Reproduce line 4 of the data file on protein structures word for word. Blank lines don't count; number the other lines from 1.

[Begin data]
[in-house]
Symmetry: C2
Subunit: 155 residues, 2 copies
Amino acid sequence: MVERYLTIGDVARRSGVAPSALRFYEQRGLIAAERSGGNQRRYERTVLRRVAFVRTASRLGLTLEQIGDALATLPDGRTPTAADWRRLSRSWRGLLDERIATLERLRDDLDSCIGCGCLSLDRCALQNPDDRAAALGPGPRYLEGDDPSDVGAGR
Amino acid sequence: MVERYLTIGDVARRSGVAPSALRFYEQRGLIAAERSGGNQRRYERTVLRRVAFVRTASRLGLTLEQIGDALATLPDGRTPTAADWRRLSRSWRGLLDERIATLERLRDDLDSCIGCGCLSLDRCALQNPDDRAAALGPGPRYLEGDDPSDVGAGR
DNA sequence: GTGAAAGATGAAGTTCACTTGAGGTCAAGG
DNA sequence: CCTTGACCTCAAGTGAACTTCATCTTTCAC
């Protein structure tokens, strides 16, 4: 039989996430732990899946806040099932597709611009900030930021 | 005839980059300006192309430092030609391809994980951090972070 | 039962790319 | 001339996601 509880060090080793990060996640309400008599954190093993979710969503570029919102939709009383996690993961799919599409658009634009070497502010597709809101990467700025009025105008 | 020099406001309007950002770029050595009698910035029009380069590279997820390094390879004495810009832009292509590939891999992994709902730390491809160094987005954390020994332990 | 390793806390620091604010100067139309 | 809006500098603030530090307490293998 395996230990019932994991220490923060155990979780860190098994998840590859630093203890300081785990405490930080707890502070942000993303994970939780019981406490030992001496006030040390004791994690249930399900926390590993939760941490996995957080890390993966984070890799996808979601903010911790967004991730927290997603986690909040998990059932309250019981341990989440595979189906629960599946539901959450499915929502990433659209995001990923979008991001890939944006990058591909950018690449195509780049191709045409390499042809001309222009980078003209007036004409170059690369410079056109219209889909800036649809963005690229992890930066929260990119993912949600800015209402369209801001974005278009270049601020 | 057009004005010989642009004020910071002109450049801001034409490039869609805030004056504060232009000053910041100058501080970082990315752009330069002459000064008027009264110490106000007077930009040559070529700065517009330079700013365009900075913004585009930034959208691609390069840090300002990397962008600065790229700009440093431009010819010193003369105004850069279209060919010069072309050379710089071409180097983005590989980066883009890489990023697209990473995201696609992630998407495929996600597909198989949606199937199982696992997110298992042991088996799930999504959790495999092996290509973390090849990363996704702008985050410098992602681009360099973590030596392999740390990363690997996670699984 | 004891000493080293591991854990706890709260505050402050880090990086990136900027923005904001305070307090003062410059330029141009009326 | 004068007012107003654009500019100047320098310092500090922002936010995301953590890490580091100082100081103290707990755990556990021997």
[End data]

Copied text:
Amino acid sequence: MVERYLTIGDVARRSGVAPSALRFYEQRGLIAAERSGGNQRRYERTVLRRVAFVRTASRLGLTLEQIGDALATLPDGRTPTAADWRRLSRSWRGLLDERIATLERLRDDLDSCIGCGCLSLDRCALQNPDDRAAALGPGPRYLEGDDPSDVGAGR